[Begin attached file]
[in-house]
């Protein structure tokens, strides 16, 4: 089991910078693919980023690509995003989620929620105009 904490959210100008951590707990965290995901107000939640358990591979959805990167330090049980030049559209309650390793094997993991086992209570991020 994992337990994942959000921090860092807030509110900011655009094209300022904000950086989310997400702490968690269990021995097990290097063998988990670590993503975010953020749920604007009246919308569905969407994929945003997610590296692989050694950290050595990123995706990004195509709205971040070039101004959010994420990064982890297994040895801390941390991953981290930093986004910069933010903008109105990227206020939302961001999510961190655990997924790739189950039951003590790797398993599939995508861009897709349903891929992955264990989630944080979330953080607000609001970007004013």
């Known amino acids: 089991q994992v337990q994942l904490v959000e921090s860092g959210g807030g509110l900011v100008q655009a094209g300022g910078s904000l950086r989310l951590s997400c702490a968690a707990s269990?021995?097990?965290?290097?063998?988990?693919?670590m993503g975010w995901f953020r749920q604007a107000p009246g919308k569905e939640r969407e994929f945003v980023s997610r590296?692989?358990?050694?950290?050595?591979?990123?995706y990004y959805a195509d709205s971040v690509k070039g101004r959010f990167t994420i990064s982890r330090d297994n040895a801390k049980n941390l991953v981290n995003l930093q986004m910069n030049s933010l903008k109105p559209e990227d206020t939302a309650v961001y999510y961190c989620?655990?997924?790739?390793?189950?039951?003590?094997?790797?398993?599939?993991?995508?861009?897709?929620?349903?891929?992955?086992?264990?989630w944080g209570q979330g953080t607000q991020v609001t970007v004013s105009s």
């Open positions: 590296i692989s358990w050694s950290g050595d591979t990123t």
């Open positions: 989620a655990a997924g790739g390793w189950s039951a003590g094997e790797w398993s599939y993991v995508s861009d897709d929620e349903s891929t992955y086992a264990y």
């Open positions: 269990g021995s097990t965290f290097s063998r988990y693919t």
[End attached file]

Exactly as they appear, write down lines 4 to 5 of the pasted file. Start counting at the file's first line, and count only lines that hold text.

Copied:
């Open positions: 590296i692989s358990w050694s950290g050595d591979t990123t």
């Open positions: 989620a655990a997924g790739g390793w189950s039951a003590g094997e790797w398993s599939y993991v995508s861009d897709d929620e349903s891929t992955y086992a264990y």